Computer models predict that GRBs could be the source of cosmic rays – mostly subatomic particles called protons, accelerated to incredibly high speeds.

But they were also predicted to produce a stream of neutrinos, the slippery subatomic particles recently brought to fame in claims of faster-than-light travel.

The mystery surrounding the source of cosmic rays, the highest-energy particles known in the Universe, has grown deeper

The mystery surrounding the source of cosmic rays, the highest-energy particles known in the Universe, has grown deeper

So researchers at the IceCube neutrino telescope went looking for evidence of neutrino arrival that coincided with measurements of gamma ray bursts detected by the Fermi and Swift space telescopes.

But it found none – suggesting that active galactic nuclei, where supermassive black holes reside, are likely to be the source.

Given that neutrinos have such a low probability of interacting with matter as we know it, IceCube is a neutrino detector of immense proportions.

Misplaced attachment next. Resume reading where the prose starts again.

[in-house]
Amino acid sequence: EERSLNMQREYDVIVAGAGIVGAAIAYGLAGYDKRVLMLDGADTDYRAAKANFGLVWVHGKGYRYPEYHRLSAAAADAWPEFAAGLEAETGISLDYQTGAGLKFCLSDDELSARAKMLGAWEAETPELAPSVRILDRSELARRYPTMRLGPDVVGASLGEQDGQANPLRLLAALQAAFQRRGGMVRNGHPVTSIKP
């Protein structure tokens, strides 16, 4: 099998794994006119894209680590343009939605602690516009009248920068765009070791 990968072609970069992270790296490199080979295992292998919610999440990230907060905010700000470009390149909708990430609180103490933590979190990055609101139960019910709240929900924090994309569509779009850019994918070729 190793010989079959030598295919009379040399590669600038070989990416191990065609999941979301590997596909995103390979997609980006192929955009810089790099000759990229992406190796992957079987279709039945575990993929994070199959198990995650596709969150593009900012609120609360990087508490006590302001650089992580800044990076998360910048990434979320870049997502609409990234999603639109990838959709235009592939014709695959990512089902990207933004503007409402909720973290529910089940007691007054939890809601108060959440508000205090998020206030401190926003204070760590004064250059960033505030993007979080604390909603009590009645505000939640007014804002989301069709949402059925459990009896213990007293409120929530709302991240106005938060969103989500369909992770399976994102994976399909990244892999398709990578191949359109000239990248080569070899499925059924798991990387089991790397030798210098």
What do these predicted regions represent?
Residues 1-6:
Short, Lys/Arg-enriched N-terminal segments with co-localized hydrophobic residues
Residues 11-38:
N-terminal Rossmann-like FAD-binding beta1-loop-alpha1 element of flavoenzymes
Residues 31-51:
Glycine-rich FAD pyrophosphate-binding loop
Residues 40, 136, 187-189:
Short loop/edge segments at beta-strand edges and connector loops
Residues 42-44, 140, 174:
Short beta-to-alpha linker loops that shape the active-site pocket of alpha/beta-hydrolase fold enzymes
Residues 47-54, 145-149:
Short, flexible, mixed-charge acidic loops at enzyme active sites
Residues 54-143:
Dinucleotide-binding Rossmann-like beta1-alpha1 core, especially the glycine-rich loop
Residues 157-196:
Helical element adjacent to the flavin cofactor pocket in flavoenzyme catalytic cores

Situated at the South Pole, it consists of more than 5,000 optical sensors buried across a cubic kilometre of glacial ice, each looking for the brief blue flash of light produced when a neutrino happens to bump into atomic nuclei in the ice.

Over the course of measurements taken between mid-2008 and mid-2010, some 300 GRBs were recorded – but IceCube scientists detected none of the eight or so neutrinos that they predicted would be associated with those events.

The models that lead to such predictions are making guesses about the most violent, highest-energy processes of which physics can conceive.

Because those models include a few educated guesses, GRBs are not completely out of the running as the source of the highest energy cosmic rays we see; perhaps neutrinos are not produced in the numbers that physicists expect.